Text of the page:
I’m also a frequent walkthrough user. I’m not as bad as I used to be though. I remember playing the first two Tomb Raider games and actually consulting the walkthrough before I’d even attempted to figure it out on my own. That was excessive, and probably impaired my enjoyment of the games.

However, it seems that there’s not much I can do with this Tomb Raider game. A walkthrough is no good, because I already know what I’m trying to achieve, and there are no known cheats that would benefit me in this particular situation. I’ve either got to keep plugging away at it until I get lucky, or put the thing away for a few years (like I did with *Silent Hill 3*).

Maybe the big problem is just that you guys suck? 🙂

Seriously though, one suggestion: play games made by Nintendo. 99% of the time any parts of the game that proved problematical have been ironed out and made better (for better, read possible) by their play-testing team long before the games is in your hands.

Nintendo are also the experts at signposting things, but no so obviously that your enjoyment of the game is ruined by a big sign saying “go here next and do this”.

Pete: Ah, the seemingly insolvable … how annoying.

Matt: I know I suck at games 🙂

Actually, my son had a problem with a Harry Potter game on his Nintendo DS Lite that was very similar. You were supposed to talk to a boy and an arrow pointed towards the boy in question. However, once you reached the boy the arrow just swung around as you had gone past him. It seemed very random how we actually got round that bug by just going backwards and forwards until the software recognised we were in the right place.

Two player Lego Star Wars with my beloved became ten times more fun when we weren’t being punished for missing impossible jumps brought about by camera angles forced upon us because the game has to keep both players on screen at once.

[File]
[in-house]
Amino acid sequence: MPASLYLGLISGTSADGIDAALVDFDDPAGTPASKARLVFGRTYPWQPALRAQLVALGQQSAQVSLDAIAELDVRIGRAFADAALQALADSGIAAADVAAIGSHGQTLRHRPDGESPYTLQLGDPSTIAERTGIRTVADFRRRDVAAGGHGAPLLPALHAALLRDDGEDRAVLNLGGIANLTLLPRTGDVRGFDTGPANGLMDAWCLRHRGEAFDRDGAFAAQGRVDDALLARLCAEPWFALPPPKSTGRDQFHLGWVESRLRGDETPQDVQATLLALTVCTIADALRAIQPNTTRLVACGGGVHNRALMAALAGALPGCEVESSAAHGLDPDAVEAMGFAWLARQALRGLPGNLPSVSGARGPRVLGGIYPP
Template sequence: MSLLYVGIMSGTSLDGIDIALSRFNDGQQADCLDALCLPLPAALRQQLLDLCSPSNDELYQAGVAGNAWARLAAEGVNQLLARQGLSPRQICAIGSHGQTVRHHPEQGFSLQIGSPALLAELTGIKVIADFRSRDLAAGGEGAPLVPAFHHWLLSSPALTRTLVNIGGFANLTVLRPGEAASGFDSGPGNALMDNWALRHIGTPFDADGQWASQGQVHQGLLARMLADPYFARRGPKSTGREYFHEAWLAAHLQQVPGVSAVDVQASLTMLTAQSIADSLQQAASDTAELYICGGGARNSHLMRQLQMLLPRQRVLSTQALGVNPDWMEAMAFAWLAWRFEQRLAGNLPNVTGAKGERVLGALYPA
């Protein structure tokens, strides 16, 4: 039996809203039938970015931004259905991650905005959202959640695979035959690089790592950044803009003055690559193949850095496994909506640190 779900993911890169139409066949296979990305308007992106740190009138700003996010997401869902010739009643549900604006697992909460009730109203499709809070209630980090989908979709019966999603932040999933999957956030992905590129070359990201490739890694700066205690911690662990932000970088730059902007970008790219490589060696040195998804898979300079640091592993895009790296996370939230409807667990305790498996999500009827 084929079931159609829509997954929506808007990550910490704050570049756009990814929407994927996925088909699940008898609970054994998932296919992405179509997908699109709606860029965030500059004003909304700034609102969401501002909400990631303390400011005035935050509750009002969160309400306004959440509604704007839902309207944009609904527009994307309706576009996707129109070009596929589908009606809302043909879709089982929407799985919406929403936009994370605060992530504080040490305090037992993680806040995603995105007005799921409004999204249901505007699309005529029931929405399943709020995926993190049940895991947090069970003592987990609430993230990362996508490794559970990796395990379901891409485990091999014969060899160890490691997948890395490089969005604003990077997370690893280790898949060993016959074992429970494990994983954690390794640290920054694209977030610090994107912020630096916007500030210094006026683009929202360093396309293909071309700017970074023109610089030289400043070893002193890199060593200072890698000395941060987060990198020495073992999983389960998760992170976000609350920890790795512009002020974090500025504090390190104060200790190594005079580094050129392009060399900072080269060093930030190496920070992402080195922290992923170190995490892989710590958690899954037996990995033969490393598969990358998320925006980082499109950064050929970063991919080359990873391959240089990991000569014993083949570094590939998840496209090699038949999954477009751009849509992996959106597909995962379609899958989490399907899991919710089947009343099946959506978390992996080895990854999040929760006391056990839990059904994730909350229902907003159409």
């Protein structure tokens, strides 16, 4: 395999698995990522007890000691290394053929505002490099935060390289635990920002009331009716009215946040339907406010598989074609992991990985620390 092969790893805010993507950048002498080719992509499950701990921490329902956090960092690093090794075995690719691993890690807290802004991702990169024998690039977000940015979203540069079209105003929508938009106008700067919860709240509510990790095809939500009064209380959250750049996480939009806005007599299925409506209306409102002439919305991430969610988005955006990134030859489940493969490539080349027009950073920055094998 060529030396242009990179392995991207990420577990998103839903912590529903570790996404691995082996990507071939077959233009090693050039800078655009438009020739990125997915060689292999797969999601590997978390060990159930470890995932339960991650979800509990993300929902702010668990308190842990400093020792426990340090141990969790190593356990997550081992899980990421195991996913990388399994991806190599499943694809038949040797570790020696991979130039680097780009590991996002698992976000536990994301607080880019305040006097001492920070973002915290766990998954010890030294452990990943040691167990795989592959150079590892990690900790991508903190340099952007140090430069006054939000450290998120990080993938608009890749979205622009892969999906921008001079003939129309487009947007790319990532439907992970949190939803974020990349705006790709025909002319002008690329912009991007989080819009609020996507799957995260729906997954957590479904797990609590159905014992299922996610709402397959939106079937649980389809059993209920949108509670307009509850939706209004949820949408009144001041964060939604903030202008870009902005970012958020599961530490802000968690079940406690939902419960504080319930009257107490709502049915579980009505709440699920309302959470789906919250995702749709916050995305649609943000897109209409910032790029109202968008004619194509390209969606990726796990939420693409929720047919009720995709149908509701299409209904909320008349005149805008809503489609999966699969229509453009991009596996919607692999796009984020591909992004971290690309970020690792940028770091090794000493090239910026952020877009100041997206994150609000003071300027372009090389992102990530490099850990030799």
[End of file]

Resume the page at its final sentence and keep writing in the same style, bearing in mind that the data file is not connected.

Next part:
Although for non-obvious Nintendoese I’d say that Zelda Twilight Princess didn’t exactly make it obvious where you were supposed to go in a number of areas, namely that mountain covered in sumo wrestling lava turds.

Mario Galaxy remain a doorway into untapped childish glee though that I don’t want to use up too quickly.

I’m with you as it happens. If I game is going to cockblock me (technical term – honest) then it needs to make it worth my while to do so. Shadow of the Colussus was one I particularly remember.

That being said, I think it’s more typical of console games because invariably they’re the ones with checkpoints and save locations unlike most PC games where you can save just before a tricky bit.

X-Wing Alliance did implement a feature that you could use once or possibly twice – it allowed you bypass a mission and go straight to the next one if you were having too much trouble with it.

*UPDATE: I managed to complete the Damocles sequence on about the fifth or sixth try this evening.*

**Matt:** I’m aware of Nintendo’s high reputation when it comes to playability, and if I were in the market for a new console, I think the Wii would be top of my list. But I’m not, so PS2 it stays.

**Paul:** I hate collision detection stuff like that. Tomb Raider has its fair share of such issues. You feel like that kind of thing should have been ironed out in testing.

**D:** Sumo wrestling lava turds eh? Sounds like another one of my dreams.

**Tom:** Funny, as a hardcore gamer I thought you’d be in the “Stop whining and enjoy teh challenge, pussy!” camp. Indeed, I’ve always liked gaming on the PC for two reasons – firstly, I love keyboard+mouse as a control system, and secondly, quicksave. But my graphics card is lame, so if I want to play anything less than 5 years old, it has to be on the PS2. For the most part, the checkpoints in Tomb Raider Anniversary have been quite intelligently placed – the Damocles room has been the only occasion when it’s been noticeably lacking. You can imagine my relief when I finally reached the next checkpoint!